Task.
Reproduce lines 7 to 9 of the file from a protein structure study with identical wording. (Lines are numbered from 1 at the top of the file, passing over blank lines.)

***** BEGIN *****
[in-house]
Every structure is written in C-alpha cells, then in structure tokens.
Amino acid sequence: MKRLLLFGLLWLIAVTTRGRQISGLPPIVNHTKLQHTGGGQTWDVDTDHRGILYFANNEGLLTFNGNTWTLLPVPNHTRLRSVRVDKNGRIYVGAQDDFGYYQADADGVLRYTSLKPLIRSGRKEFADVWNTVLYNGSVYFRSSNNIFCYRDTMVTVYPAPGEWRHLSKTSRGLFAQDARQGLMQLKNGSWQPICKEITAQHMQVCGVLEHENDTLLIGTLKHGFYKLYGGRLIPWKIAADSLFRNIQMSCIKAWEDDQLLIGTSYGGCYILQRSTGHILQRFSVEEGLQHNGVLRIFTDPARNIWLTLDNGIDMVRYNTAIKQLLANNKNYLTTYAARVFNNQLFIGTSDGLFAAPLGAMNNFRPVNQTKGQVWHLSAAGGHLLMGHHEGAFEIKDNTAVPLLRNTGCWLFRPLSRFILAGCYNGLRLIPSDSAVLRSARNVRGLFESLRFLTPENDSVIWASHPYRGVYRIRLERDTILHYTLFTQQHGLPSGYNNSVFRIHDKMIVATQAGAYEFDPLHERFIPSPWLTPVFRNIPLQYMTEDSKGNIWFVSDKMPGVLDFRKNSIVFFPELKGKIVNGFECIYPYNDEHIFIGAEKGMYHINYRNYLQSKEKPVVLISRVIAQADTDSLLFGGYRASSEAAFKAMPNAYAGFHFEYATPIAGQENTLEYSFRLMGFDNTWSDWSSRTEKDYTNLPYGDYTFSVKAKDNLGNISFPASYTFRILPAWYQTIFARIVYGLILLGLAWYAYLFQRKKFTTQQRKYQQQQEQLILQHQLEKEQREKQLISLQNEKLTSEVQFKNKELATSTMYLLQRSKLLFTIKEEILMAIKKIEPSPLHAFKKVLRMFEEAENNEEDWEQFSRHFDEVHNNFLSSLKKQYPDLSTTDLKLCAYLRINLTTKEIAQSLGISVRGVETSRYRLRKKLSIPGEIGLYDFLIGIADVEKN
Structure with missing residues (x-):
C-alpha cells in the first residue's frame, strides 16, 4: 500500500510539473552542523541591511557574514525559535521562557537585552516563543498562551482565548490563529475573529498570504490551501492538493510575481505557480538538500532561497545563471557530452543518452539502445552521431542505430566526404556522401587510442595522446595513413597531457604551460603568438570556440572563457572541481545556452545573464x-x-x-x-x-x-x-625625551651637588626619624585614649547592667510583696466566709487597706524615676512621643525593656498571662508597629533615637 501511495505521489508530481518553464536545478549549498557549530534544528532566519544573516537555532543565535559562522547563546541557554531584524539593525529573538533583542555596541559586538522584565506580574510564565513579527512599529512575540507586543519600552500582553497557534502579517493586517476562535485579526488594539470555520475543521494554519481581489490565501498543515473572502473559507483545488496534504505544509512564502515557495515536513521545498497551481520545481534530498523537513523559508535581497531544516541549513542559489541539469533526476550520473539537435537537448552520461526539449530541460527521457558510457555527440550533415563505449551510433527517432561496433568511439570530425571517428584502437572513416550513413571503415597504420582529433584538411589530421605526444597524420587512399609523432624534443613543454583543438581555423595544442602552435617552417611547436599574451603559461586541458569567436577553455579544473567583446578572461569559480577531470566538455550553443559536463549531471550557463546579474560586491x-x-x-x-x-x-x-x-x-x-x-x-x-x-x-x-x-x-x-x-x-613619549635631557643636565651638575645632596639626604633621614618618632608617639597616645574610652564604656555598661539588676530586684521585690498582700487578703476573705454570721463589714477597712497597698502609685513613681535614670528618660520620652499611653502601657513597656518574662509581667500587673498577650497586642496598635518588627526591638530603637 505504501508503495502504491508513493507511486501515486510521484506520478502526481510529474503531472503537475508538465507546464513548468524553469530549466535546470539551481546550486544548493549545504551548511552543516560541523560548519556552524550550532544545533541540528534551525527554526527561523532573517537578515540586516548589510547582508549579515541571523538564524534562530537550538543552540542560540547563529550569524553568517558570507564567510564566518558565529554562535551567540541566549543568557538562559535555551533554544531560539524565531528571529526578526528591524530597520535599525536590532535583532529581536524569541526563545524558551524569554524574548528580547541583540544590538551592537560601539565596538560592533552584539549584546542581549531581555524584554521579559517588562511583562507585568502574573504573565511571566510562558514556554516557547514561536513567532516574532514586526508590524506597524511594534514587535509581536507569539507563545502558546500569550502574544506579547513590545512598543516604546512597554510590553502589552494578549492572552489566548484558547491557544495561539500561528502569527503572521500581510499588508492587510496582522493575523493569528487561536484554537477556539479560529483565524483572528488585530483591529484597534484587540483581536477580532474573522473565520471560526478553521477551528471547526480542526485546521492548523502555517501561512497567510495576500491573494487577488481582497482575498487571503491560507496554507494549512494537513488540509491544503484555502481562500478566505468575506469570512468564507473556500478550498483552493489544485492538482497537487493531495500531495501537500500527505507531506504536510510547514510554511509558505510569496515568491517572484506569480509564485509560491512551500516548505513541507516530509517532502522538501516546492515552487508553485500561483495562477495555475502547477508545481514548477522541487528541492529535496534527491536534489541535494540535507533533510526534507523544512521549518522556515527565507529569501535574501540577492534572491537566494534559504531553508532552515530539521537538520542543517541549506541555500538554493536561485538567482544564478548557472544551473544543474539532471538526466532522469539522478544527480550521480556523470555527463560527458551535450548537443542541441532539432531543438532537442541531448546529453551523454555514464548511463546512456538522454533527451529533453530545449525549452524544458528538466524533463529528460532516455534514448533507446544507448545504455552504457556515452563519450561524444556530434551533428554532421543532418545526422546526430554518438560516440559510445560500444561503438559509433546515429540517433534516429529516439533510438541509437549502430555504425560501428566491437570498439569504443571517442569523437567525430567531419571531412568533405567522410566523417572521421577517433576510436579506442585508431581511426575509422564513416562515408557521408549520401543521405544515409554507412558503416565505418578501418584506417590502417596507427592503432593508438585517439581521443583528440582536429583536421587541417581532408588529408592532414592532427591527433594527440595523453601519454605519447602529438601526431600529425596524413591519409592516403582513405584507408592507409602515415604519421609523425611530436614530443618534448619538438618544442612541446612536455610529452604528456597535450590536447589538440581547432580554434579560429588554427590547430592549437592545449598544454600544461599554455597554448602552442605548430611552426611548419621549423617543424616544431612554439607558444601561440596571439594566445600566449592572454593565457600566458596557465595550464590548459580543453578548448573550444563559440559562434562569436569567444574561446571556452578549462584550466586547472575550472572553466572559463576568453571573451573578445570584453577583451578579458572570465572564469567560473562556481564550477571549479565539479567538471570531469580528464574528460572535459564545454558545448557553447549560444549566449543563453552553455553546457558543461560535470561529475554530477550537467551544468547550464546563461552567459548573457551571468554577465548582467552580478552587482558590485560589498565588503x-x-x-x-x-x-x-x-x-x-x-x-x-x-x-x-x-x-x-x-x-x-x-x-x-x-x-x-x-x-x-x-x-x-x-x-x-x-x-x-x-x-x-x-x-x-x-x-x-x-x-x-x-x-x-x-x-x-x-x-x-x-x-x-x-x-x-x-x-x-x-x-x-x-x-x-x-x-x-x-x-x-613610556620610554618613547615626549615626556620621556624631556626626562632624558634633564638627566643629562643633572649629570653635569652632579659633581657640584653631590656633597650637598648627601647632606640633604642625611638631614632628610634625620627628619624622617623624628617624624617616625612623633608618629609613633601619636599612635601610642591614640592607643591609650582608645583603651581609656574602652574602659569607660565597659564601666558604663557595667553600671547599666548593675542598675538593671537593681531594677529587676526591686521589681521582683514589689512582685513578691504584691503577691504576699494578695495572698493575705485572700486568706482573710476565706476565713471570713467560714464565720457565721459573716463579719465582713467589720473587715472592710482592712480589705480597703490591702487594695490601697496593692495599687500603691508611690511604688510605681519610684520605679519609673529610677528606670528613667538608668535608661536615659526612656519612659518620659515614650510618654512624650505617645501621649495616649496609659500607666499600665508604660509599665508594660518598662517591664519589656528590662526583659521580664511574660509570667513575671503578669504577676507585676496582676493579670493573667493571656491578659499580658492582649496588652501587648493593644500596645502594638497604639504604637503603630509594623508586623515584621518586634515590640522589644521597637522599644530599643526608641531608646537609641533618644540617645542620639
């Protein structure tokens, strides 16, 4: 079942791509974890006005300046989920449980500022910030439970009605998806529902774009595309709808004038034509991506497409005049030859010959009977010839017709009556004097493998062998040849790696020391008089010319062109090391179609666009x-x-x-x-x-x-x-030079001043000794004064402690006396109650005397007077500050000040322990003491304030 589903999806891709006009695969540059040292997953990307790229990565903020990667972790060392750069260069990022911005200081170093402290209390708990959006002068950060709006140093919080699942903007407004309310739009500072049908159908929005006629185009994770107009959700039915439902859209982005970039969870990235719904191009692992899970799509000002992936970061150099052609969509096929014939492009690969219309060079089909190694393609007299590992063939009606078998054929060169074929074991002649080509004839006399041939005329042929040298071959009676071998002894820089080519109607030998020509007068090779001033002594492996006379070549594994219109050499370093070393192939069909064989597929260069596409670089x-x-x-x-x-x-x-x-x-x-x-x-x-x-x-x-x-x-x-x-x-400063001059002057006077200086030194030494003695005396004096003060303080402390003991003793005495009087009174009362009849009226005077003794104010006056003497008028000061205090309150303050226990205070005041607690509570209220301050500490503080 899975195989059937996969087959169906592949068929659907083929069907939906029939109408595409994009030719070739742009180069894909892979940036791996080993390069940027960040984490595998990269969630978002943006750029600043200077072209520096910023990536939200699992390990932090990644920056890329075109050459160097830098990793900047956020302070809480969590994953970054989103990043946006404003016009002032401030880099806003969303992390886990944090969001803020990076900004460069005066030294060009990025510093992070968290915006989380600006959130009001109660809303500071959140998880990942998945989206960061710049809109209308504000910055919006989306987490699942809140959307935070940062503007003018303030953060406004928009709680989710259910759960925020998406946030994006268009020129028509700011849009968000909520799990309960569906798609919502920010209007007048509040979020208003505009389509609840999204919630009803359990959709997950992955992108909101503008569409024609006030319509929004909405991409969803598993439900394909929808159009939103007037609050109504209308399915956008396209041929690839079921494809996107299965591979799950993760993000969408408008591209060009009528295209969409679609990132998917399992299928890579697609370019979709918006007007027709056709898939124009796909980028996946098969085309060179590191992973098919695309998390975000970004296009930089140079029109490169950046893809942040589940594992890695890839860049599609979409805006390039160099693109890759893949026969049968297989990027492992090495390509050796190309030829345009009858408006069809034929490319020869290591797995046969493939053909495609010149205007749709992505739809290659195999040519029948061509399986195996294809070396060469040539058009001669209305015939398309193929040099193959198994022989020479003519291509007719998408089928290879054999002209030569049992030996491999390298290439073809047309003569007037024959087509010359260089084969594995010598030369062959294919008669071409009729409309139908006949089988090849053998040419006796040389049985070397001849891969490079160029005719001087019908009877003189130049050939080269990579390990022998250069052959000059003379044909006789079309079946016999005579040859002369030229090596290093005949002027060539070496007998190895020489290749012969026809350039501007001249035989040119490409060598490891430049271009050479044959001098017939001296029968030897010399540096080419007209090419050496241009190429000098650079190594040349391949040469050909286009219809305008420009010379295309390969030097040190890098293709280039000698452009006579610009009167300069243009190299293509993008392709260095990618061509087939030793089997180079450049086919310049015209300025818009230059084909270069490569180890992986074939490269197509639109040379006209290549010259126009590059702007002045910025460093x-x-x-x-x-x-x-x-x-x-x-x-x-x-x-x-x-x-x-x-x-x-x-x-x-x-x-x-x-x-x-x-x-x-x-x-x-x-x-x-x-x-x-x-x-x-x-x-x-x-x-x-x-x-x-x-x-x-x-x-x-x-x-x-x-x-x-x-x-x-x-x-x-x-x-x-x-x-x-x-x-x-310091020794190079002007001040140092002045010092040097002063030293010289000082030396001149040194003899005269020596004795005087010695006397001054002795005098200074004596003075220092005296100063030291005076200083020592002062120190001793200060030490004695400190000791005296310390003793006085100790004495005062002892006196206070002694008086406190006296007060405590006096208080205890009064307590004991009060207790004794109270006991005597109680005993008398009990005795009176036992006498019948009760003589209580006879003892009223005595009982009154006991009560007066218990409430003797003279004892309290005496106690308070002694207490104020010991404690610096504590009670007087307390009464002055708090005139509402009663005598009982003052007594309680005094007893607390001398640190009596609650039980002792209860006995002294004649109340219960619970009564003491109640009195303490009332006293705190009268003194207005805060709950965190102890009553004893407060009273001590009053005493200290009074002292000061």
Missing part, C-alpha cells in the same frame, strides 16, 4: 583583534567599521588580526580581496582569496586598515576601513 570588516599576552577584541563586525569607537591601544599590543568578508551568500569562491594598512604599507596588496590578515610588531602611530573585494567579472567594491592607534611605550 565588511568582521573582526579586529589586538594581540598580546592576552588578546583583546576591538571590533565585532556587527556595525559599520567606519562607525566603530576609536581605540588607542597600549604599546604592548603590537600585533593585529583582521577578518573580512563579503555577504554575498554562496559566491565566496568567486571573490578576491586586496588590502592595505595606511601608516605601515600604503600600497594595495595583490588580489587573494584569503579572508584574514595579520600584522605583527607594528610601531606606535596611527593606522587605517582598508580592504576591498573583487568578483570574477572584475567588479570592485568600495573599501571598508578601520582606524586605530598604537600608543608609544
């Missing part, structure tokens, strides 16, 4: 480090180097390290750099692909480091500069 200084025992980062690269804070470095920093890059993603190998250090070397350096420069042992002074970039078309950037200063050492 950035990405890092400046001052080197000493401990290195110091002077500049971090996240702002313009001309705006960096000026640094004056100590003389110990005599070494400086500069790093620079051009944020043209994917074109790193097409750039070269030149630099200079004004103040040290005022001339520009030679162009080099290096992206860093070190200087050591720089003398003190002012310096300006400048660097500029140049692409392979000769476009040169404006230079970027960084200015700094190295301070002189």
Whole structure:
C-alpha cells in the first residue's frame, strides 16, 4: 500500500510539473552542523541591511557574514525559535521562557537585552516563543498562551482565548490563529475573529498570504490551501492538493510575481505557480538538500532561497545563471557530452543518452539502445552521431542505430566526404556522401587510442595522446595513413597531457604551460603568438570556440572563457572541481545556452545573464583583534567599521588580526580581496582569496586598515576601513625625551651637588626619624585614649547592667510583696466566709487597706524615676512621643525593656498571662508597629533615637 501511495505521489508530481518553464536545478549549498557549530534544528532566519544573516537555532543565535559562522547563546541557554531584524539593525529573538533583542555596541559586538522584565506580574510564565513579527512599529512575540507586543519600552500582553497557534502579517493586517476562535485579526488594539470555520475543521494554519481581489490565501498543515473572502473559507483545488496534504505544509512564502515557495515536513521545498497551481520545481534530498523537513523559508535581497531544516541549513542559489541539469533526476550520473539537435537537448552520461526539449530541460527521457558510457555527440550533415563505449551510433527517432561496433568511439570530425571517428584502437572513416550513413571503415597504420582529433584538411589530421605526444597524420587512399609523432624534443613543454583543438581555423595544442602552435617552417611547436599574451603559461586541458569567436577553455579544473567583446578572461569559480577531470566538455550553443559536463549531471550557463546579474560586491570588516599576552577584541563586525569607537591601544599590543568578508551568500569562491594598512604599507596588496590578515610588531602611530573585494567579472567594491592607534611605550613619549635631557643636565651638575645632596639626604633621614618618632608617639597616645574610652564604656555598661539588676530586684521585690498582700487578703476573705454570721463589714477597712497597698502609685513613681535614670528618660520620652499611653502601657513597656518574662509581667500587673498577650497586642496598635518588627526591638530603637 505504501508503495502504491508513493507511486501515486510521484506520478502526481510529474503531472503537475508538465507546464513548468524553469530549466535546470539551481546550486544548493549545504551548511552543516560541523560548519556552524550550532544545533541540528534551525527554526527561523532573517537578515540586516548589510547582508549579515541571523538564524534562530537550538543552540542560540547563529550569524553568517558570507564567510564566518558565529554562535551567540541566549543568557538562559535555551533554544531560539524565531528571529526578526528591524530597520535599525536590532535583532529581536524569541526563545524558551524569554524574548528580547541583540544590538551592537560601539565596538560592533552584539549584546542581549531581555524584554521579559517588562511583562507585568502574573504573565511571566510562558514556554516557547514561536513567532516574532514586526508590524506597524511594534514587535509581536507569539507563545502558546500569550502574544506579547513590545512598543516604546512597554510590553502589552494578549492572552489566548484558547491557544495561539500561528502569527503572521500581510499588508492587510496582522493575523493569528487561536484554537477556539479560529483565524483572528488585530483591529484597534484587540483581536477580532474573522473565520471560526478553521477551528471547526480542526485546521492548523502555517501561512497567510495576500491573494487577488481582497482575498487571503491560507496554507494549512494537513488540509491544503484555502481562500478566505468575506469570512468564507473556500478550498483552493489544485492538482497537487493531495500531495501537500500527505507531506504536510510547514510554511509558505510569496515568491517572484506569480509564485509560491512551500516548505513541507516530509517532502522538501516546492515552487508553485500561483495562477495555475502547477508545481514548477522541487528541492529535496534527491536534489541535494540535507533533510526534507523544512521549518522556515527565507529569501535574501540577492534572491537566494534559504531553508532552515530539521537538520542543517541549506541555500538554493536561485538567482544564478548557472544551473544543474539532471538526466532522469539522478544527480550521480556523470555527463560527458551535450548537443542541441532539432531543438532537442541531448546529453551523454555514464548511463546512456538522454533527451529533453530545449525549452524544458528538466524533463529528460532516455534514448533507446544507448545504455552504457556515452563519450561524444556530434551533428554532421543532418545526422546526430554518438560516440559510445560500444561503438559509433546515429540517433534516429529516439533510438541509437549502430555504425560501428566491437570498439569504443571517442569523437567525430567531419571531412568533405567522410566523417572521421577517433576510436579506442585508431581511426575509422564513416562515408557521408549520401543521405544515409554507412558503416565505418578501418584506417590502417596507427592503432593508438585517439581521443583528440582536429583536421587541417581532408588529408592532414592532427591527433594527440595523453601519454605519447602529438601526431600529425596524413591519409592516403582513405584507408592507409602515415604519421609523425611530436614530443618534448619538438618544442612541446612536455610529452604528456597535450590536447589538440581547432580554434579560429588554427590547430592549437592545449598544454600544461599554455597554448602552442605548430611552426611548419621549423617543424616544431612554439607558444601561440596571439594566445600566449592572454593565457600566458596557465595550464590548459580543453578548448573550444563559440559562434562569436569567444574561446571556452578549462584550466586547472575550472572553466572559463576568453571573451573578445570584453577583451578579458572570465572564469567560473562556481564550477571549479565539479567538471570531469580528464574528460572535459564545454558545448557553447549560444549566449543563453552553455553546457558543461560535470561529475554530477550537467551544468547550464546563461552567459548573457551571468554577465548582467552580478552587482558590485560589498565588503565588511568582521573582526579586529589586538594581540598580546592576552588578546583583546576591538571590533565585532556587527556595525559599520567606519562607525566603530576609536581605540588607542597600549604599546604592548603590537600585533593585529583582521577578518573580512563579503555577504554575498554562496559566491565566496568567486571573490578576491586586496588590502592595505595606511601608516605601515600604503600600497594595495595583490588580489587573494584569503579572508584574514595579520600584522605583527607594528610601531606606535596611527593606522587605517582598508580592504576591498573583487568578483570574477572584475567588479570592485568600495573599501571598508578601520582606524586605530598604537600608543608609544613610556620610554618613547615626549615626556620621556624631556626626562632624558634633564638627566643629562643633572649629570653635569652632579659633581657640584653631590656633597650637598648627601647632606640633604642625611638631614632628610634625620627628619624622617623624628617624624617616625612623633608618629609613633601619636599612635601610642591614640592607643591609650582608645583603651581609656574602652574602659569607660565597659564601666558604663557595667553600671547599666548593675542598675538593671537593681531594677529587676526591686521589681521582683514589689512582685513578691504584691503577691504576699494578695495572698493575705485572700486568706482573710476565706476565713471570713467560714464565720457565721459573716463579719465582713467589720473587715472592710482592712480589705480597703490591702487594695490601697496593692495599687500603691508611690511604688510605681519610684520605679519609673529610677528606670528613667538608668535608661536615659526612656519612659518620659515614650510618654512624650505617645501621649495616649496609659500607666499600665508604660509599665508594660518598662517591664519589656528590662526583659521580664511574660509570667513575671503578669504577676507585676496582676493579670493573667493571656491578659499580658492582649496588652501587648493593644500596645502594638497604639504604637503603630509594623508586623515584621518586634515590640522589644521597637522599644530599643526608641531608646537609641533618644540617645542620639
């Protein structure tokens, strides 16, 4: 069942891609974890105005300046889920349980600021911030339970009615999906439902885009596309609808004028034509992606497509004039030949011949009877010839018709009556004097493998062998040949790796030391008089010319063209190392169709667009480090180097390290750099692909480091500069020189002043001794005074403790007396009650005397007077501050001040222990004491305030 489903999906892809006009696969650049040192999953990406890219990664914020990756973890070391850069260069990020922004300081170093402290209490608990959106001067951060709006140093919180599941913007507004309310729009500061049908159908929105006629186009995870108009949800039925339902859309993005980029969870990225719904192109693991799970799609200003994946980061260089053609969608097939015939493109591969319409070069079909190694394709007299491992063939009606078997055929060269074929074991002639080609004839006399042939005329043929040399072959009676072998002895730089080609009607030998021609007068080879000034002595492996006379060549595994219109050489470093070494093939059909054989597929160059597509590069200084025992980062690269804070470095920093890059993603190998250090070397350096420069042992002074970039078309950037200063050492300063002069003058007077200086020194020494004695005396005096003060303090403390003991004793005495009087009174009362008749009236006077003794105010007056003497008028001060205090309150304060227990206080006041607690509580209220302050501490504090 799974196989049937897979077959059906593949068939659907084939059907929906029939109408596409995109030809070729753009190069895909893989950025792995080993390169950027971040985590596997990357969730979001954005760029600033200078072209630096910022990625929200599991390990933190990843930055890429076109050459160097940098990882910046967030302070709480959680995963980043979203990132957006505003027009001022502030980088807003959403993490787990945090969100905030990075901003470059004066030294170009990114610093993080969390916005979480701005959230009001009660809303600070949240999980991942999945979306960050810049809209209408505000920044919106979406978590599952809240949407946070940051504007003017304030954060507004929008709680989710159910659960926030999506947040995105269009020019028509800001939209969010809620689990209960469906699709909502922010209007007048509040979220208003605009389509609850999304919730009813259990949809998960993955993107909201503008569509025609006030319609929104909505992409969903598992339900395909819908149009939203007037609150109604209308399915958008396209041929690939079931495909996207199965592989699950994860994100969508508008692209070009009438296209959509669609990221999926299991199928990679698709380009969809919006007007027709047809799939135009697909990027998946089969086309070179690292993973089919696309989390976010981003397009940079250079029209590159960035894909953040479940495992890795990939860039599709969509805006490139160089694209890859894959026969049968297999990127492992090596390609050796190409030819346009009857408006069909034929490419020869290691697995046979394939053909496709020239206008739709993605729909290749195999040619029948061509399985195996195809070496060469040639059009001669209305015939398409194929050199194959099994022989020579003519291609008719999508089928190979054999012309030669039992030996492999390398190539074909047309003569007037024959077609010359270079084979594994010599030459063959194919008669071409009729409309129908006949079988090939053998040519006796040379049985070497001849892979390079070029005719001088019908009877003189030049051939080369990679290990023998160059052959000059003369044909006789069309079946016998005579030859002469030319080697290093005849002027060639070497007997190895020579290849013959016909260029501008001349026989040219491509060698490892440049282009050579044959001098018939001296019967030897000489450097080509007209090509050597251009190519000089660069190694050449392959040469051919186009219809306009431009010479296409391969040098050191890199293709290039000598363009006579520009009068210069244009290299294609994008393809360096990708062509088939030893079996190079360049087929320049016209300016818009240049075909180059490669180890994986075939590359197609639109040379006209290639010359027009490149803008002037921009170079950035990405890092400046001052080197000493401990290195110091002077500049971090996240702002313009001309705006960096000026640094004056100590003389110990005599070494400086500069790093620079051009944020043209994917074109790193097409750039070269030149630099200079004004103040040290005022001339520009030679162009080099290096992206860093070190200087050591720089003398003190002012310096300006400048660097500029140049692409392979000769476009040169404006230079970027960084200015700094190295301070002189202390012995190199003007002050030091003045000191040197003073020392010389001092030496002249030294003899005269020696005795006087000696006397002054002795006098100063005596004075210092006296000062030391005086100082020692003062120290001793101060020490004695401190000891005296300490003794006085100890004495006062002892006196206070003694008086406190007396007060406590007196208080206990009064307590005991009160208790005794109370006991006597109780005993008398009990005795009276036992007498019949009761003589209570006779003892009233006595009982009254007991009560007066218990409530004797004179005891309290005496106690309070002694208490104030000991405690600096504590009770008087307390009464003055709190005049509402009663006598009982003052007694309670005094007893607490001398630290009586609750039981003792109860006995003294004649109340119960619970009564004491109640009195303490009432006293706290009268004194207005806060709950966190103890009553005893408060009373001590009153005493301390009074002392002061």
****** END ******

Missing part, C-alpha cells in the same frame, strides 16, 4: 583583534567599521588580526580581496582569496586598515576601513 570588516599576552577584541563586525569607537591601544599590543568578508551568500569562491594598512604599507596588496590578515610588531602611530573585494567579472567594491592607534611605550 565588511568582521573582526579586529589586538594581540598580546592576552588578546583583546576591538571590533565585532556587527556595525559599520567606519562607525566603530576609536581605540588607542597600549604599546604592548603590537600585533593585529583582521577578518573580512563579503555577504554575498554562496559566491565566496568567486571573490578576491586586496588590502592595505595606511601608516605601515600604503600600497594595495595583490588580489587573494584569503579572508584574514595579520600584522605583527607594528610601531606606535596611527593606522587605517582598508580592504576591498573583487568578483570574477572584475567588479570592485568600495573599501571598508578601520582606524586605530598604537600608543608609544
């Missing part, structure tokens, strides 16, 4: 480090180097390290750099692909480091500069 200084025992980062690269804070470095920093890059993603190998250090070397350096420069042992002074970039078309950037200063050492 950035990405890092400046001052080197000493401990290195110091002077500049971090996240702002313009001309705006960096000026640094004056100590003389110990005599070494400086500069790093620079051009944020043209994917074109790193097409750039070269030149630099200079004004103040040290005022001339520009030679162009080099290096992206860093070190200087050591720089003398003190002012310096300006400048660097500029140049692409392979000769476009040169404006230079970027960084200015700094190295301070002189």
Whole structure: